Professors Elroy Dimson and Paul Marsh, the academics behind the FTSE 100 and Numis Smaller Companies Index (NSCI) , make a compelling case for investing in smaller companies over the long-term.


In their 2017 NSCI Annual Review, Dimson and Marsh looked at the performance of a number of equity asset classes since 1955: If you’d bought the FTSE All-Share you would’ve gained a handsome 968%; the MSCI mid-cap index would’ve handed back 2,870%; and the NSCI? 6,067%. Needless to say, the stark outperformance of small-caps over large-caps is undeniable.

If we look at discrete 10-yr periods, i.e. 1955 to 1964, and so on, the evidence continues to be compelling: in the six periods to 2015, smaller companies outperformed in five of them. The exception was 85-94, coinciding with an explosion of easily available credit that enabled larger companies to boost their growth, somewhat synthetically.

So why do smaller companies outperform over the long term?

There are a number of theories. Aside the more obvious factors of strong earnings growth and greater corporate emphasis on innovation, which engenders the ability to capitalise on market opportunities more effectively, there is also the ‘neglected effect’.

The complex operations of larger companies are usually covered by a suite of analysts. It means the market – as a pricing mechanism that represents all of a company’s publicly available information – tends to be well served, reflecting the corporate’s fundamental worth with relative accuracy.

Smaller companies usually have far fewer analysts covering their operations, meaning there are greater opportunities for a fund manager to spot anomalies – mismatches between a company’s prospects or performance and its share price.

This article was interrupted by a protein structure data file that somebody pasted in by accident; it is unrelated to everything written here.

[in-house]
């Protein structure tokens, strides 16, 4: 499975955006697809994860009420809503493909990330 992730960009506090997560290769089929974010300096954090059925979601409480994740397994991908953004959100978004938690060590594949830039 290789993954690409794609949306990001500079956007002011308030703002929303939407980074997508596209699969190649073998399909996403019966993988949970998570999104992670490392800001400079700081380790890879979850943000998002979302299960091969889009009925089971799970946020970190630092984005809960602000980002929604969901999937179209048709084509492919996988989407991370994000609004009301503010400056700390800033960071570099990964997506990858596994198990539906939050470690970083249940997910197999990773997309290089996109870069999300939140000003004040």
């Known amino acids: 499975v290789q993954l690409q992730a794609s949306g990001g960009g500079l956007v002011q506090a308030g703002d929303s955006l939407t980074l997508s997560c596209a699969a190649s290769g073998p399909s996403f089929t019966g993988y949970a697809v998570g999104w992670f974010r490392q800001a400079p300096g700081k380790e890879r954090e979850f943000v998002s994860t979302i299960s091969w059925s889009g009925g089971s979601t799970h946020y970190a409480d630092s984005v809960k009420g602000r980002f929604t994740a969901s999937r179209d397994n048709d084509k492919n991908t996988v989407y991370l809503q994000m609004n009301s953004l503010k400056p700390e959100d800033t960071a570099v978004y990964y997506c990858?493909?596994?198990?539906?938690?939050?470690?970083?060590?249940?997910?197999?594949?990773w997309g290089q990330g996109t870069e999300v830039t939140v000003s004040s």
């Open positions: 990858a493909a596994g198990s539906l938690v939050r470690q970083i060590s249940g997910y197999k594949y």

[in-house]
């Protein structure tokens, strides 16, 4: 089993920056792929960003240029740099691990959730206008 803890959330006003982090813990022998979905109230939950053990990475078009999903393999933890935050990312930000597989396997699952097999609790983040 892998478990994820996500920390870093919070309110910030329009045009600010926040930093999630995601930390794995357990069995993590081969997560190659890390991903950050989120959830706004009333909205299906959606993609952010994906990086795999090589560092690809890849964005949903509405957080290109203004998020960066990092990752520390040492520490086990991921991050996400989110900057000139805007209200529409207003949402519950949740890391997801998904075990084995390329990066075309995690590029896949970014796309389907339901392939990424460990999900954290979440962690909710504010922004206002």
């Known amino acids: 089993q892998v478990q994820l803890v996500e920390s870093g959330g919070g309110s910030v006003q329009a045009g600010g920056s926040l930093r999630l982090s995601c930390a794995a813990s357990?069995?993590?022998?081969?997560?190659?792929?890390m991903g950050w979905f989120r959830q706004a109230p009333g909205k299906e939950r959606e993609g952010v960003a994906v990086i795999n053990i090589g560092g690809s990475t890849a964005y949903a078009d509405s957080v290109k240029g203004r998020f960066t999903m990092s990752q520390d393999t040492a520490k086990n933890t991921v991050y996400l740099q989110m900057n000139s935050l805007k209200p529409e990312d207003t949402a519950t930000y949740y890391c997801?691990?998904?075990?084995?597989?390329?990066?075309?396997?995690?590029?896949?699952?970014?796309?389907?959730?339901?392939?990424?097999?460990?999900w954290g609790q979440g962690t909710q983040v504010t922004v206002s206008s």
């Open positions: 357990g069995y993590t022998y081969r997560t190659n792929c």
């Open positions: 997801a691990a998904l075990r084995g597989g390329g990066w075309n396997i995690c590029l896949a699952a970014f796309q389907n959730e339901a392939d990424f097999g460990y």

Our ability to then choose the strongest companies draws from the team’s extensive experience in picking stocks, at over 74 years collectively.

But simply allocating to smaller companies or even picking great stocks is insufficient – our belief is that you need to buy them at an attractive entry price to generate strong returns over the long term. It was Benjamin Graham, a man often referred to as the ‘Father of value investing’, who said: “Buy not on optimism but on arithmetic.”

We are growth investors but we apply value principals so as not overpay for the above-average growth of earnings we are seeking to find. This investment style is known as growth-at-the-right-price, or GARP.

‘Buy not on optimism but on arithmetic’

As we have written on before, structural or ‘secular’ growth stories also remain an important part of our portfolios. In a world where economic growth is low and fragile we have been looking to firms that are exposed to isolated growth trends – where the drivers of their returns isn’t correlated, or at least very lowly correlated, to the wider macro-economic cycle. Brexit uncertainties and others abound, this has proved a sensible strategy in recent years.

To highlight some of our structural growth names: